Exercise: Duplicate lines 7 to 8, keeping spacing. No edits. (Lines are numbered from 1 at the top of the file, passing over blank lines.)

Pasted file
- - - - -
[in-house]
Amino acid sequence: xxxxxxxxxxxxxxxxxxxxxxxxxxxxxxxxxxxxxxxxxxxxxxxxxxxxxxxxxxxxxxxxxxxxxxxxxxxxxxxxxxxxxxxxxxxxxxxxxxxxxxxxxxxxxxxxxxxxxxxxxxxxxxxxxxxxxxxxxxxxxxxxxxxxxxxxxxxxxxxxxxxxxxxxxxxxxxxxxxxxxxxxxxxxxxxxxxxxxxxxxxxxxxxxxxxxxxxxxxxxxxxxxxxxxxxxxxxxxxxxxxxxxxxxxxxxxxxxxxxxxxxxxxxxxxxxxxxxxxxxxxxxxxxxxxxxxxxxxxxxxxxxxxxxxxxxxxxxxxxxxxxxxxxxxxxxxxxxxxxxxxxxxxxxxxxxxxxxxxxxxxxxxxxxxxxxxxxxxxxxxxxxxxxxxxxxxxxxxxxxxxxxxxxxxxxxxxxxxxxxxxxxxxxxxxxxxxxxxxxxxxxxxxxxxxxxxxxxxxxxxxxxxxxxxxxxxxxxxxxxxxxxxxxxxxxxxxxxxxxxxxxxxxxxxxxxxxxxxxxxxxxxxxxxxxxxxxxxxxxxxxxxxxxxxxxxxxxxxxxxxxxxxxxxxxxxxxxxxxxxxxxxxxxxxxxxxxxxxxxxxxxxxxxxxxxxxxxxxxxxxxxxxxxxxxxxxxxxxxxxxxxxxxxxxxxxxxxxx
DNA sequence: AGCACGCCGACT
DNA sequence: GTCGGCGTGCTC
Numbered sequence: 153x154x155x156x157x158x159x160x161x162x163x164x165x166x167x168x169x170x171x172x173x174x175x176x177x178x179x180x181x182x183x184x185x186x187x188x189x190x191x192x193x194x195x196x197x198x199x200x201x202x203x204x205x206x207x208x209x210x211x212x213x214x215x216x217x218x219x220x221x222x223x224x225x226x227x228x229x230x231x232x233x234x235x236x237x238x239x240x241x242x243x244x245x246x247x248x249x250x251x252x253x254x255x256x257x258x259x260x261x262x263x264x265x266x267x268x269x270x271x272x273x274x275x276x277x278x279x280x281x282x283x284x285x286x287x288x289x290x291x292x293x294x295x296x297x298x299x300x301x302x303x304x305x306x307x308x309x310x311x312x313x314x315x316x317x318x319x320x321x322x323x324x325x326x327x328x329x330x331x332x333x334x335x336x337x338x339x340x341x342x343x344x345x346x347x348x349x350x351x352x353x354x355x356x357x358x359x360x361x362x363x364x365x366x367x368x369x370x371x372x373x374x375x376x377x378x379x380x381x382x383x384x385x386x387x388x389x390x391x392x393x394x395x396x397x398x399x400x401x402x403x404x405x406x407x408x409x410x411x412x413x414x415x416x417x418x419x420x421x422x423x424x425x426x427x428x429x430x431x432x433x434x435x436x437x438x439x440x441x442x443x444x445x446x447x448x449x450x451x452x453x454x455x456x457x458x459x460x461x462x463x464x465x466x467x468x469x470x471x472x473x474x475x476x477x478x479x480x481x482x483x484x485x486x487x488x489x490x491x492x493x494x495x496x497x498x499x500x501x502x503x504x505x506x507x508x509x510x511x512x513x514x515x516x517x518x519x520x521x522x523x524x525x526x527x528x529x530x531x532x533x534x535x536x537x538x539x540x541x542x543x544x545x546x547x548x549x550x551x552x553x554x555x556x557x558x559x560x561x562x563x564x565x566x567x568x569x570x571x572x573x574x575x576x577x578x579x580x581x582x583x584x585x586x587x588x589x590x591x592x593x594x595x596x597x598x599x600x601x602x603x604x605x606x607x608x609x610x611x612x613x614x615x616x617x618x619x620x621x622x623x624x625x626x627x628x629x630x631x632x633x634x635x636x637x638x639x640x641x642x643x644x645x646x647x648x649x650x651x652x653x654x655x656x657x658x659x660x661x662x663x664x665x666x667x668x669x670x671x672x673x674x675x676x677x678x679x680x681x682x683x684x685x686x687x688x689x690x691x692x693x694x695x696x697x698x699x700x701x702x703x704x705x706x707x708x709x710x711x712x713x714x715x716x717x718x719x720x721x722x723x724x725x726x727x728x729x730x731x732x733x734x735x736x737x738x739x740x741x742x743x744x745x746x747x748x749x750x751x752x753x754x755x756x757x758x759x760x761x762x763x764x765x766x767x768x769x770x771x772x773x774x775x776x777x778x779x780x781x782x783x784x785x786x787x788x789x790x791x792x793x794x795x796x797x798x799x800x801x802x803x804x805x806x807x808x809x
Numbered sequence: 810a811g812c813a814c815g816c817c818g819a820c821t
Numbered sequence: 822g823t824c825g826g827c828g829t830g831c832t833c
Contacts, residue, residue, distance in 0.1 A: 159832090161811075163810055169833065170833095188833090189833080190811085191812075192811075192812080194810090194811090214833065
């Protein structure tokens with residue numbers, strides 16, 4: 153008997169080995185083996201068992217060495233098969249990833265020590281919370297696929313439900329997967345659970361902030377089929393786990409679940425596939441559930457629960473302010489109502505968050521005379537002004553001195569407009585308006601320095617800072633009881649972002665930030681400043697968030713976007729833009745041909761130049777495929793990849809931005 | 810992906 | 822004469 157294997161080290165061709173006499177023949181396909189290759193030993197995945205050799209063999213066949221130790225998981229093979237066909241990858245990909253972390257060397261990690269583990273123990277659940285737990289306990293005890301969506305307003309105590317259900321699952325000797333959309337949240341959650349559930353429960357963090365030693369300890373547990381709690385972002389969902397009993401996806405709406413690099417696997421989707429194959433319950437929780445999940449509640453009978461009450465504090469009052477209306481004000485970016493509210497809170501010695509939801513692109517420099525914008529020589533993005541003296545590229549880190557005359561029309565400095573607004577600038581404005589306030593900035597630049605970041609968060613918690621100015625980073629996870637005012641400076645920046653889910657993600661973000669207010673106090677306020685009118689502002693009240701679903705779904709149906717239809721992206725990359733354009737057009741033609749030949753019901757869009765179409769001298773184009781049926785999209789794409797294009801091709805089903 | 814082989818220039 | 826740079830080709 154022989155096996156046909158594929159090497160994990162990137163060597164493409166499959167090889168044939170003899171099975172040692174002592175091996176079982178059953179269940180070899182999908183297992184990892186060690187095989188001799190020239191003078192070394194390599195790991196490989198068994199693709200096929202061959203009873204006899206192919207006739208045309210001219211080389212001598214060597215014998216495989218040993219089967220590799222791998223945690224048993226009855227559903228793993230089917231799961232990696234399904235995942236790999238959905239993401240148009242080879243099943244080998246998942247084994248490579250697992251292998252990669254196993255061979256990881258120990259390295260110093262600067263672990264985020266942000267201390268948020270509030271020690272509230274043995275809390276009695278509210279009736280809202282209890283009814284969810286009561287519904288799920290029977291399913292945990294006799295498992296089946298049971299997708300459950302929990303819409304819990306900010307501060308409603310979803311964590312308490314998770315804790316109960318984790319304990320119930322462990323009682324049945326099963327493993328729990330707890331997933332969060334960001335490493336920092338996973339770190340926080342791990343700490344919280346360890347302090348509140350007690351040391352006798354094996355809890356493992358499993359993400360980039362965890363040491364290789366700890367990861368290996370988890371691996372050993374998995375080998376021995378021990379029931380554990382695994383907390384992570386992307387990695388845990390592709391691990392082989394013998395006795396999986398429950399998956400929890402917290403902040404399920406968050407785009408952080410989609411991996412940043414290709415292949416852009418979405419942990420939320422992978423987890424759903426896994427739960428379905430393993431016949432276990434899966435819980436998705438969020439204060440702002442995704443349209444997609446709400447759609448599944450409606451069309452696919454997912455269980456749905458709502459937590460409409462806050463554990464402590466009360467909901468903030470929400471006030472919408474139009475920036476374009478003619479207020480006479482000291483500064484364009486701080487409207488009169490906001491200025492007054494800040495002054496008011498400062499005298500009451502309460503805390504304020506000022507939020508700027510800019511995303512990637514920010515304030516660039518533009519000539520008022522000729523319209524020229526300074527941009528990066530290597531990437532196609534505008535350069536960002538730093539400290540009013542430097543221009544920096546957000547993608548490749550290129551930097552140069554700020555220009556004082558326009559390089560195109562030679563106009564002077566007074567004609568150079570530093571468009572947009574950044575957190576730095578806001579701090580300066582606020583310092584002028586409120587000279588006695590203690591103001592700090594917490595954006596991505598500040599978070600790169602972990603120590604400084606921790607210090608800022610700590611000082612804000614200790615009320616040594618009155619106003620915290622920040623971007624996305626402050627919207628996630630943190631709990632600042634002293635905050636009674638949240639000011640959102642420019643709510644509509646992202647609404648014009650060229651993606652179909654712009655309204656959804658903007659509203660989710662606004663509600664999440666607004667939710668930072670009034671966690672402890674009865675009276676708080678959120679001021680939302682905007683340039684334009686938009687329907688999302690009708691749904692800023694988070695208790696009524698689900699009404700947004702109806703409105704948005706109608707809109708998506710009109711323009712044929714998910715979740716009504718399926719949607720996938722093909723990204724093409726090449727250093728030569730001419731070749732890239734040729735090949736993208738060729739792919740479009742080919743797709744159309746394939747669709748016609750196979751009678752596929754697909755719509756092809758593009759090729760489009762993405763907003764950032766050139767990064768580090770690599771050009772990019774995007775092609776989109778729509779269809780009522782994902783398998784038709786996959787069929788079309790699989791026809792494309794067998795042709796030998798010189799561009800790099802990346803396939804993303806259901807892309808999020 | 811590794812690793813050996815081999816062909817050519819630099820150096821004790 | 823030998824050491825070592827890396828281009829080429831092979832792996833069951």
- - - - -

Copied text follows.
Numbered sequence: 822g823t824c825g826g827c828g829t830g831c832t833c
Contacts, residue, residue, distance in 0.1 A: 159832090161811075163810055169833065170833095188833090189833080190811085191812075192811075192812080194810090194811090214833065